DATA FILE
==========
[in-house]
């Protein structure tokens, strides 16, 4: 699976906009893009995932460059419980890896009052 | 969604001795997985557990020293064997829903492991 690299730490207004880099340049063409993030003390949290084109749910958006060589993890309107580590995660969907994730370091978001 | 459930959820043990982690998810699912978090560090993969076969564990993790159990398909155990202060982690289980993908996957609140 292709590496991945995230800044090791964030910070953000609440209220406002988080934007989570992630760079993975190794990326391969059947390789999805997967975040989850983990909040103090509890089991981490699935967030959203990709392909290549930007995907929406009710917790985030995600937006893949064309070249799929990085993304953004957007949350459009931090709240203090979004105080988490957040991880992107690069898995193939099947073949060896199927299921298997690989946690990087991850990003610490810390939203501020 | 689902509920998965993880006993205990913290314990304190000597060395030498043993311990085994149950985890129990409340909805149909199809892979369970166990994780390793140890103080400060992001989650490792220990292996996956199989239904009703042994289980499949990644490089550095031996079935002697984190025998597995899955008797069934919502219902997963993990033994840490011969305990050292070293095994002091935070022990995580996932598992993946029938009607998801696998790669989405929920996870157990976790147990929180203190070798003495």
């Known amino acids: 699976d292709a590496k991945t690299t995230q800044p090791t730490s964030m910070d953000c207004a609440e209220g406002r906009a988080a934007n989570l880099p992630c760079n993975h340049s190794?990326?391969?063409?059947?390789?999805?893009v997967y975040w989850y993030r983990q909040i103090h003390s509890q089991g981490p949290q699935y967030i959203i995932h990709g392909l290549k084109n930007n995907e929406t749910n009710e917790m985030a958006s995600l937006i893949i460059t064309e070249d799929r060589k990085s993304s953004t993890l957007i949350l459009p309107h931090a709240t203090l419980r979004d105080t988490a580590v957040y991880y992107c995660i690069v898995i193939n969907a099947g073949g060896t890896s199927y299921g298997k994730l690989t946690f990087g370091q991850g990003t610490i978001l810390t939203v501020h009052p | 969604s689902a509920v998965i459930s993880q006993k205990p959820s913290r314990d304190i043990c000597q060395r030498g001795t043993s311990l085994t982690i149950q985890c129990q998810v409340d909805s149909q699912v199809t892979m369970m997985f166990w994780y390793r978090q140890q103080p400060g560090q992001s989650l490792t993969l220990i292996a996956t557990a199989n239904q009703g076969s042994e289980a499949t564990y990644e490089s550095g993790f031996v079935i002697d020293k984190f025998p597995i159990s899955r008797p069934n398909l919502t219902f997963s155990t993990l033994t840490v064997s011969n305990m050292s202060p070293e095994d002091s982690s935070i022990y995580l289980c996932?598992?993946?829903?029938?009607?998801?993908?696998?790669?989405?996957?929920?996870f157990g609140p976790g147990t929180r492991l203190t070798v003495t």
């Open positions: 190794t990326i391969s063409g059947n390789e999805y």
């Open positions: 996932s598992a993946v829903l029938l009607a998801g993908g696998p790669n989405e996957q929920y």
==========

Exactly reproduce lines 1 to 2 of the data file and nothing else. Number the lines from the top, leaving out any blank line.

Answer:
[in-house]
């Protein structure tokens, strides 16, 4: 699976906009893009995932460059419980890896009052 | 969604001795997985557990020293064997829903492991 690299730490207004880099340049063409993030003390949290084109749910958006060589993890309107580590995660969907994730370091978001 | 459930959820043990982690998810699912978090560090993969076969564990993790159990398909155990202060982690289980993908996957609140 292709590496991945995230800044090791964030910070953000609440209220406002988080934007989570992630760079993975190794990326391969059947390789999805997967975040989850983990909040103090509890089991981490699935967030959203990709392909290549930007995907929406009710917790985030995600937006893949064309070249799929990085993304953004957007949350459009931090709240203090979004105080988490957040991880992107690069898995193939099947073949060896199927299921298997690989946690990087991850990003610490810390939203501020 | 689902509920998965993880006993205990913290314990304190000597060395030498043993311990085994149950985890129990409340909805149909199809892979369970166990994780390793140890103080400060992001989650490792220990292996996956199989239904009703042994289980499949990644490089550095031996079935002697984190025998597995899955008797069934919502219902997963993990033994840490011969305990050292070293095994002091935070022990995580996932598992993946029938009607998801696998790669989405929920996870157990976790147990929180203190070798003495």